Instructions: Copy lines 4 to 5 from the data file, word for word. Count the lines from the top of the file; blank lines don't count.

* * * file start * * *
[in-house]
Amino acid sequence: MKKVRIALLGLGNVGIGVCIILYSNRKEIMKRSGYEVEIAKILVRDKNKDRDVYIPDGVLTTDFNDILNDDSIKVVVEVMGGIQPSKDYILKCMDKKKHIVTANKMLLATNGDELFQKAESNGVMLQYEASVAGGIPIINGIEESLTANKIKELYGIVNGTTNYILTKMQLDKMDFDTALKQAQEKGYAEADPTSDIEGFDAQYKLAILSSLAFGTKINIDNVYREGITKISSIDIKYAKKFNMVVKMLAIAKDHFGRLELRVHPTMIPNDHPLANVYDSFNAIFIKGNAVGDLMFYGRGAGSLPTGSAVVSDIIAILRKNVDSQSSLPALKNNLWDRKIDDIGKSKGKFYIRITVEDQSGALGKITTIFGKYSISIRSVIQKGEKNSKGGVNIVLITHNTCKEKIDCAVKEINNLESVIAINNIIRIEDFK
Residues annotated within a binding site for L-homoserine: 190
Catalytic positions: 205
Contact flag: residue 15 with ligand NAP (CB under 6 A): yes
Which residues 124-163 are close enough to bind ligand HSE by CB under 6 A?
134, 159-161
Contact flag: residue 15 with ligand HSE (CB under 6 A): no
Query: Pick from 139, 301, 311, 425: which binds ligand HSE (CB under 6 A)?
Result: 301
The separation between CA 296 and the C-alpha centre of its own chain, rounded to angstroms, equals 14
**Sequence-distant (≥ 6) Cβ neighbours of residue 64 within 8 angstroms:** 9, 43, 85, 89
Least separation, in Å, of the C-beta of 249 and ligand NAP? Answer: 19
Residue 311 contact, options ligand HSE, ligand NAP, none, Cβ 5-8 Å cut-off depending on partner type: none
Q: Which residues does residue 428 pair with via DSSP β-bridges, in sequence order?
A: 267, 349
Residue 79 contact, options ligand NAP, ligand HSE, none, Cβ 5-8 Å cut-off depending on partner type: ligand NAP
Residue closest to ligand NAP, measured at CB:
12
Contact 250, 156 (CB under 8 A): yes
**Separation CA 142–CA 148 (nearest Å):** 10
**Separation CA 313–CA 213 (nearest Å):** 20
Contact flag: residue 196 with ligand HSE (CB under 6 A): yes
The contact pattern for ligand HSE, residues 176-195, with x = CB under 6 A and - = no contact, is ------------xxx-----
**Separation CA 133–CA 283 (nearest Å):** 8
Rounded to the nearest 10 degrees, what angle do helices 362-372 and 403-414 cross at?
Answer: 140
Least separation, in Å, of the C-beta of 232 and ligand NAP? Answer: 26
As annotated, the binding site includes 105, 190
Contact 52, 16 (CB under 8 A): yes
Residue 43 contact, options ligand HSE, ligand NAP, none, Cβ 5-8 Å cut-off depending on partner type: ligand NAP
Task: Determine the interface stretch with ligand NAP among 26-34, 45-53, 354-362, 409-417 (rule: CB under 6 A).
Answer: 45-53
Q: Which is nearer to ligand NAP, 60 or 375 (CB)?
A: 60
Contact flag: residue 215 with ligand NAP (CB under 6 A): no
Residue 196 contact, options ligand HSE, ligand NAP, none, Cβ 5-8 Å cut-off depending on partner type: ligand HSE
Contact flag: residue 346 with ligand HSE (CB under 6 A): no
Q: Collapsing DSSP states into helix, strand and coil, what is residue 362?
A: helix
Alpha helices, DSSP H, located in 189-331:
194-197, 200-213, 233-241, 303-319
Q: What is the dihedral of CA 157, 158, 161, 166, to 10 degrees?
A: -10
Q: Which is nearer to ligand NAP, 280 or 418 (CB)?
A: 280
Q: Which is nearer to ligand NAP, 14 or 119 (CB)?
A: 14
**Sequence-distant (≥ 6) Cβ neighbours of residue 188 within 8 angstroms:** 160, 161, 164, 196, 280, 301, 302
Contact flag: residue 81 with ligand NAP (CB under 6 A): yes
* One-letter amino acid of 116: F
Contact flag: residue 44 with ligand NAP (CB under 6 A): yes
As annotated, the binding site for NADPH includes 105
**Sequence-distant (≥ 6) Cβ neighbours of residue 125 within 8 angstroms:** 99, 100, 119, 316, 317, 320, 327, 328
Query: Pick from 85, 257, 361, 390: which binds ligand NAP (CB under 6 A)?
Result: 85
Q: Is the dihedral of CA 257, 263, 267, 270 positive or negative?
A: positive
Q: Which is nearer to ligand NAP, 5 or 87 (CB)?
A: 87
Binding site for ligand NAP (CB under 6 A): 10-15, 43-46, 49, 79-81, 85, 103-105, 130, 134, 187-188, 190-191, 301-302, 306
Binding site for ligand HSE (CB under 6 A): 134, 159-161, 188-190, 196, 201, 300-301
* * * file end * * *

Catalytic positions: 205
Contact flag: residue 15 with ligand NAP (CB under 6 A): yes